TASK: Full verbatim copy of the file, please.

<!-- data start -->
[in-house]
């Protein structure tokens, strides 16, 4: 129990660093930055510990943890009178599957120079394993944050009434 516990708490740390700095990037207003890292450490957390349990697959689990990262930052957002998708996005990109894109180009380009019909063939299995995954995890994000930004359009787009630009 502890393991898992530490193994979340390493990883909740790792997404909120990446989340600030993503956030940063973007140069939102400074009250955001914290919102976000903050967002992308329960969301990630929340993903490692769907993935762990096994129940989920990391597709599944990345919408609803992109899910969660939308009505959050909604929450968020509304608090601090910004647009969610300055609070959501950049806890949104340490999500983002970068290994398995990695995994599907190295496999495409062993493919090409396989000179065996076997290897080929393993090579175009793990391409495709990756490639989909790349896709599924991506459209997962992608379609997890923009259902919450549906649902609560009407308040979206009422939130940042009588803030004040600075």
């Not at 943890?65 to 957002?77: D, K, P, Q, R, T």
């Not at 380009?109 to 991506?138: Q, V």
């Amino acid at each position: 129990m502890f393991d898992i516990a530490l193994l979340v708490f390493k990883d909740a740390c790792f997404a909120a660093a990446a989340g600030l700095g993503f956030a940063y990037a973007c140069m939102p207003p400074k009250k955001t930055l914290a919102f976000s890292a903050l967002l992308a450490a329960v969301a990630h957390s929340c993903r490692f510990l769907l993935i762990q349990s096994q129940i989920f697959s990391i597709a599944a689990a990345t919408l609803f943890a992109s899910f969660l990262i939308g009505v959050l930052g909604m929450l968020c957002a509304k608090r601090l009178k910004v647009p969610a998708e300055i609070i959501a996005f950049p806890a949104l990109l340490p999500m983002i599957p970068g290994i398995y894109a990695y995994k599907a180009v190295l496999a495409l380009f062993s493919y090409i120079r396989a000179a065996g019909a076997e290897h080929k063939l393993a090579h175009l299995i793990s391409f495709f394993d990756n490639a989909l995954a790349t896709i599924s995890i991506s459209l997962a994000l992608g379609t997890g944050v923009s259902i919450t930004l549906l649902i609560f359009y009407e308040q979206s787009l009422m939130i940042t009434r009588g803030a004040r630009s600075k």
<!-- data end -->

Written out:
[in-house]
């Protein structure tokens, strides 16, 4: 129990660093930055510990943890009178599957120079394993944050009434 516990708490740390700095990037207003890292450490957390349990697959689990990262930052957002998708996005990109894109180009380009019909063939299995995954995890994000930004359009787009630009 502890393991898992530490193994979340390493990883909740790792997404909120990446989340600030993503956030940063973007140069939102400074009250955001914290919102976000903050967002992308329960969301990630929340993903490692769907993935762990096994129940989920990391597709599944990345919408609803992109899910969660939308009505959050909604929450968020509304608090601090910004647009969610300055609070959501950049806890949104340490999500983002970068290994398995990695995994599907190295496999495409062993493919090409396989000179065996076997290897080929393993090579175009793990391409495709990756490639989909790349896709599924991506459209997962992608379609997890923009259902919450549906649902609560009407308040979206009422939130940042009588803030004040600075």
């Not at 943890?65 to 957002?77: D, K, P, Q, R, T």
């Not at 380009?109 to 991506?138: Q, V």
């Amino acid at each position: 129990m502890f393991d898992i516990a530490l193994l979340v708490f390493k990883d909740a740390c790792f997404a909120a660093a990446a989340g600030l700095g993503f956030a940063y990037a973007c140069m939102p207003p400074k009250k955001t930055l914290a919102f976000s890292a903050l967002l992308a450490a329960v969301a990630h957390s929340c993903r490692f510990l769907l993935i762990q349990s096994q129940i989920f697959s990391i597709a599944a689990a990345t919408l609803f943890a992109s899910f969660l990262i939308g009505v959050l930052g909604m929450l968020c957002a509304k608090r601090l009178k910004v647009p969610a998708e300055i609070i959501a996005f950049p806890a949104l990109l340490p999500m983002i599957p970068g290994i398995y894109a990695y995994k599907a180009v190295l496999a495409l380009f062993s493919y090409i120079r396989a000179a065996g019909a076997e290897h080929k063939l393993a090579h175009l299995i793990s391409f495709f394993d990756n490639a989909l995954a790349t896709i599924s995890i991506s459209l997962a994000l992608g379609t997890g944050v923009s259902i919450t930004l549906l649902i609560f359009y009407e308040q979206s787009l009422m939130i940042t009434r009588g803030a004040r630009s600075k």